Plans for 2010 – 2011

Background to our work

Our intention is always to concentrate on how we can assist, promote and sustain the prevention of and protection against abuse; hence the main focus of our work is to break the cycle of abuse through:


Childline Limpopo

We will continue to fund the stipends, for the third year, of 4 volunteer workers and 1 cook in the crèche for 75 children living in very poor rural surroundings. In 2010 -2011 we anticipate the crèche will have improved to such a level that it will be registered and can get local government funding – it will then be entirely self-sufficient. We hope to plan, with Childline Limpopo, for a new crèche in another area in 2011.

Childline Mpumalanga – C4C

We are currently planning the training of another 220 crèche leaders through the Caring 4 Crèches programme after April 2010.

Childline NW – C4C

Plans are underway for another 100 crèche leaders to be trained


Due to shortages of funds, we cannot fund the travel for damaged children until things improve.


The programme is back on track, and early report from the fieldwork on why perpetrators abuse small children are showing some fairly awful and entrenched family, health and cultural problems.


Due to shortages of funds, we cannot fund the training or offer another bursary until things improve


We are funding the stipend of Happy – the football coach who works with Ghetto Boyz during the weekends, and monthly stipends of 8 new volunteer workers until their bursaries from the State kick-in during April 2010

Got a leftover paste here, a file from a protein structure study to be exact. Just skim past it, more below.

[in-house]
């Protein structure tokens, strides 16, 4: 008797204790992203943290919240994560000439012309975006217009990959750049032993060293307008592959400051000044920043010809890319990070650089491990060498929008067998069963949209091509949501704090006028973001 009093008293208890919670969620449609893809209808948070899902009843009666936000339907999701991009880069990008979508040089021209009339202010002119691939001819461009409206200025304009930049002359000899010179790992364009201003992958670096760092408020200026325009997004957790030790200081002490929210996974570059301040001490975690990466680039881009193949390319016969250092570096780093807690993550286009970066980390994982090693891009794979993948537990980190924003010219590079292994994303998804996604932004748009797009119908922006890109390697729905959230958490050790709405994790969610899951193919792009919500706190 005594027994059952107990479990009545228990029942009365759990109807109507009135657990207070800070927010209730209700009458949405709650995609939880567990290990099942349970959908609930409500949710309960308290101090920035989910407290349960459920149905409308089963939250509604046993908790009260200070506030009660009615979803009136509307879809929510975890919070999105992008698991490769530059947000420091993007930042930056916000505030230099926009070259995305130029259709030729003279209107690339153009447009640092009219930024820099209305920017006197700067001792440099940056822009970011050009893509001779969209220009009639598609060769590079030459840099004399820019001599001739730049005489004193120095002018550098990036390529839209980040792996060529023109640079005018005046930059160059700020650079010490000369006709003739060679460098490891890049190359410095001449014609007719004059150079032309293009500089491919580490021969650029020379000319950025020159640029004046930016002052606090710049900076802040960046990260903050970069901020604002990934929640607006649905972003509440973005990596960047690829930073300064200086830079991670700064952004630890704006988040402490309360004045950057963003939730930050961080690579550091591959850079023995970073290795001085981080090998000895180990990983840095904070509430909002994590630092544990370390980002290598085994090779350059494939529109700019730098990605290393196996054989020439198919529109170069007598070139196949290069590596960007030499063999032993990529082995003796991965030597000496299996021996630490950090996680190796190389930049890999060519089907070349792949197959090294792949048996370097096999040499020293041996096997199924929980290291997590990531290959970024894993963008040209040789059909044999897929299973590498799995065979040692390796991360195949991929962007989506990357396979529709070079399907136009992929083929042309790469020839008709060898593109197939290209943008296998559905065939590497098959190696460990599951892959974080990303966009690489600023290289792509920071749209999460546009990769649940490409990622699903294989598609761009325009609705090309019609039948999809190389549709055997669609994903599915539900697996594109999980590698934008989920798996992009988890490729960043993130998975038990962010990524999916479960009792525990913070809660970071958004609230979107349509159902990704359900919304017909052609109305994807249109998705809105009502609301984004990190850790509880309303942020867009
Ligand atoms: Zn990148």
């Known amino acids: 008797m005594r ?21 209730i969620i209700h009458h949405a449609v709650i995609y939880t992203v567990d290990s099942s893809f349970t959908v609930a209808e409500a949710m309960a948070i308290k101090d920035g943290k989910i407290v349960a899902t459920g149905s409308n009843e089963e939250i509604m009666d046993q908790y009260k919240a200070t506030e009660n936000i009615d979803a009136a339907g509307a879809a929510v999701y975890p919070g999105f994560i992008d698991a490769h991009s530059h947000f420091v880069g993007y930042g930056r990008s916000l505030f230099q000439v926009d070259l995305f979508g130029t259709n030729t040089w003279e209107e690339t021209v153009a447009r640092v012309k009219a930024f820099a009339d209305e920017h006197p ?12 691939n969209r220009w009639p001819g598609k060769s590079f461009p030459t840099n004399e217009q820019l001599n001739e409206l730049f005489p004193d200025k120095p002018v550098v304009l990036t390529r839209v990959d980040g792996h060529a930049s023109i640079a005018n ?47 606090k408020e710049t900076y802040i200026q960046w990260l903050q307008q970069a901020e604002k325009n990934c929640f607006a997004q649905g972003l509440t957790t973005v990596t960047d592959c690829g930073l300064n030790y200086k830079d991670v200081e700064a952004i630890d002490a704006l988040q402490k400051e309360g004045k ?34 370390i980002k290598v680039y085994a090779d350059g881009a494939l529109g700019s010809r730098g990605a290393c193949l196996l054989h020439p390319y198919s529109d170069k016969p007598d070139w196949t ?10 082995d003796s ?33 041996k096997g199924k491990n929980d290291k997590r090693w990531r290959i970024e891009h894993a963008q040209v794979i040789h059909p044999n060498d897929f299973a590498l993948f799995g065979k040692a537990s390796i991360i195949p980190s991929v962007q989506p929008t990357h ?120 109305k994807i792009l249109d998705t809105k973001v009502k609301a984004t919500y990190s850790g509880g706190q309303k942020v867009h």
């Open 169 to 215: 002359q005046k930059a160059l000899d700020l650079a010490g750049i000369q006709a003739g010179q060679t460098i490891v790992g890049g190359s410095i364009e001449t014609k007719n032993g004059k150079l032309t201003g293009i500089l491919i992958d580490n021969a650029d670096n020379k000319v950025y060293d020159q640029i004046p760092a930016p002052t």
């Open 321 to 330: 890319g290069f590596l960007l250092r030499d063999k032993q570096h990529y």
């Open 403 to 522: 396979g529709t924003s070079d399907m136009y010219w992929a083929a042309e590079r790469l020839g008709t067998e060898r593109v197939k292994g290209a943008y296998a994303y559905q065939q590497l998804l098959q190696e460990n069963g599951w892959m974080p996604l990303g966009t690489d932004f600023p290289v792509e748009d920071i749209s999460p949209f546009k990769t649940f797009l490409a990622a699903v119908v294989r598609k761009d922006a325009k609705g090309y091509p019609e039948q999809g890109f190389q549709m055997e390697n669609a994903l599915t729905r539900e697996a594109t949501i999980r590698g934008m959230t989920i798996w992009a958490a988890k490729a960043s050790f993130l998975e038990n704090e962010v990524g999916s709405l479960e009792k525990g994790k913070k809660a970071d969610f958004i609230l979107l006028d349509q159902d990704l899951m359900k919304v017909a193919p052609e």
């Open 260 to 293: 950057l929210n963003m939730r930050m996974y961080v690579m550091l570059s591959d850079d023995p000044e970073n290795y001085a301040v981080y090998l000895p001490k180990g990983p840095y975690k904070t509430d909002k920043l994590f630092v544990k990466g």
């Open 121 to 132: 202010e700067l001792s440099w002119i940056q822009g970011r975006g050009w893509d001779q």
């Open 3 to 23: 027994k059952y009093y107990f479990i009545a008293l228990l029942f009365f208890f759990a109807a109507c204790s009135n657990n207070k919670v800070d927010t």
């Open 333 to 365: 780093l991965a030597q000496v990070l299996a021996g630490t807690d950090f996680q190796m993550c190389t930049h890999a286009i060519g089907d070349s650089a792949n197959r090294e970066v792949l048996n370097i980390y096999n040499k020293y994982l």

In the autumn we will fund places for some of the Ghetto Boyz on tertiary courses to help them to the next stage of diversion from crime and abuse … helping to break the cycle.

We funded a specific specialist CATTS course for the new volunteers in February 2010.

In March our friends at DHL sent a parcel of second-hand football kit to the Ghetto Boyz; it was all donated by Slough Town Football Supporters Club, and I took a huge second bag of shirts, bibs and assorted stuff.


Reduced programmes for this year

  1. AGANANG - Auxiliary Social Work Programme
    The new course started in January 2010. We are funding 10 places.
  2. CATTSLevel One training and Level
    Two training are planned with 21 volunteer workers from many community services in Soweto on each course


Despite the considerable success of this programme, and the value given to children, the vulnerable and communities we have had to take some hard decisions due to the plummeting value of Sterling v the South African Rand – we are currently in negotiation to fund continued essential training by them, but reduced by about 1/3rd in 2010-2011.

As part of their extended programme Imisebeyelanga have been helping a very feisty young women we featured as ‘Martha’ on our website – who has set up an orphanage for abused street children; she was an abused street child herself and even since starting the orphanage has had to cope with several rape attempts, the latest in November 2009. We are planning to fund enough for the children’s food for a year.


A community service working with orphans, vulnerable children, and families in need. We fund the stipends and training of 6 volunteers including their supervision and the cost of training the supervisor at one of the advanced courses at CATTS.